"If you look at Eli two years ago and what was being said and what was going on there in New York, and if you look at it now, a lot has changed in that time. That's the exciting thing about this game, you have a chance to do that and erase last year."

Smith appeared to be on track to becoming a solid NFL quarterback toward the end of the 2006 season under offensive coordinator Norv Turner. But Turner left to become head coach of the San Diego Chargers, and inexperienced Jim Hostler took over as coordinator.

The offense got off to a slow start, and then Smith went down with the injury.

Smith will now compete with Hill for the starting job, but most believe Smith will win the position. For the first time in his career, Smith might not have to worry about playing while wearing shackles.

Although the run game with Frank Gore will continue to be a major part of the offense, Martz has a history of putting the ball in the quarterback's hands and letting him throw it around.

"Just look at the track record he had with all those quarterbacks and the way they've played and the numbers they've put up and where they've taken their game," Smith said of Martz. "I'm just excited for the chance to really continue trying to reach my potential. I feel like I haven't even been there yet since I've been in the NFL. With coach Martz's help and all the guys around here, I hope to get there."

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Outside linebacker Parys Haralson picked up an extra $226,221 through the NFL's "performance-based pay" system, which rewards some of the league's lower-salaried players for playing time. Haralson's amount of additional pay ranked him 25th in the league.

Haralson was a fifth-round pick in the 2006 draft. He earned $360,000 in base salary last season. Haralson saw action in all 16 games and started the final 11 games of the season for the 49ers at outside linebacker after Manny Lawson's season-ending knee injury. He finished 12th on the team with 52 tackles while recording 2.5 sacks with 21 quarterback pressures.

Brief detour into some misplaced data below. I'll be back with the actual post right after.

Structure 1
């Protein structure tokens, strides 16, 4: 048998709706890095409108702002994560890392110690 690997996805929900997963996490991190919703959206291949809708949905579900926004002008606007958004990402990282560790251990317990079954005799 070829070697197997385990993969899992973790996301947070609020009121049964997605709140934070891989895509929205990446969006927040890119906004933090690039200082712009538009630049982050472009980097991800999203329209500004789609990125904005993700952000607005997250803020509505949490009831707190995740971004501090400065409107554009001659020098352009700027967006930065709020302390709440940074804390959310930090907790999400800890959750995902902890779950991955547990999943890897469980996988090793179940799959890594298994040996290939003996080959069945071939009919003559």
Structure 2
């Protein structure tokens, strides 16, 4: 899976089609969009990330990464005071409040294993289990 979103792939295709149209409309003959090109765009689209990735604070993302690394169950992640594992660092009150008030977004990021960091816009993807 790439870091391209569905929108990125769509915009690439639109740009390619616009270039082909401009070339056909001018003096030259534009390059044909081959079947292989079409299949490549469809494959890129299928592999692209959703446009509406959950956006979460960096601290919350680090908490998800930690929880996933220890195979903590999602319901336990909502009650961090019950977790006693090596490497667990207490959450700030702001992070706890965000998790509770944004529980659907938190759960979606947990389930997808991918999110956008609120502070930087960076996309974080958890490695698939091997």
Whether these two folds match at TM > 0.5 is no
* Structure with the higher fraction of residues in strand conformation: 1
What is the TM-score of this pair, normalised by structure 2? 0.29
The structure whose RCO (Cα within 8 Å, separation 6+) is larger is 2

Steelers tackle Willie Colon was the top earner in PBP, as he picked up an additional $309,534.

Approximately $100 million of performance-based pay was distributed to players in the system, according to the league. The system was created as part of the NFL's 2002 Collective Bargaining Agreement extension with the NFL Players Association. The system creates a fund used as a supplemental form of player compensation based on a comparison of playing time to salary.

This program will stay in place through the remaining years of the CBA in which a salary cap exists. The fund increases by a fixed amount of five percent each year.

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Joe Staley, who played every snap for the 49ers his rookie season as a right tackle, has been moved to left tackle. Meanwhile, Jonas Jennings has been officially moved to the right side during the team's offseason program.

The 49ers might not have much depth on the offensive line, but they have a starting unit they feel good about.

Veteran Larry Allen is a free agent, and he has given the 49ers no indication whether he plans to play this season. The 49ers could re-sign him to a one-year deal at a lowered salary, but they're not waiting around for a decision.

Adam Snyder, who started 11 games at left tackle in place of an injured Jennings and also has experience playing both tackle and guard positions, has been moved to left guard, with David Baas at right guard. Eric Heitmann is the center along what appears at this point to be the team's 2008 starting line.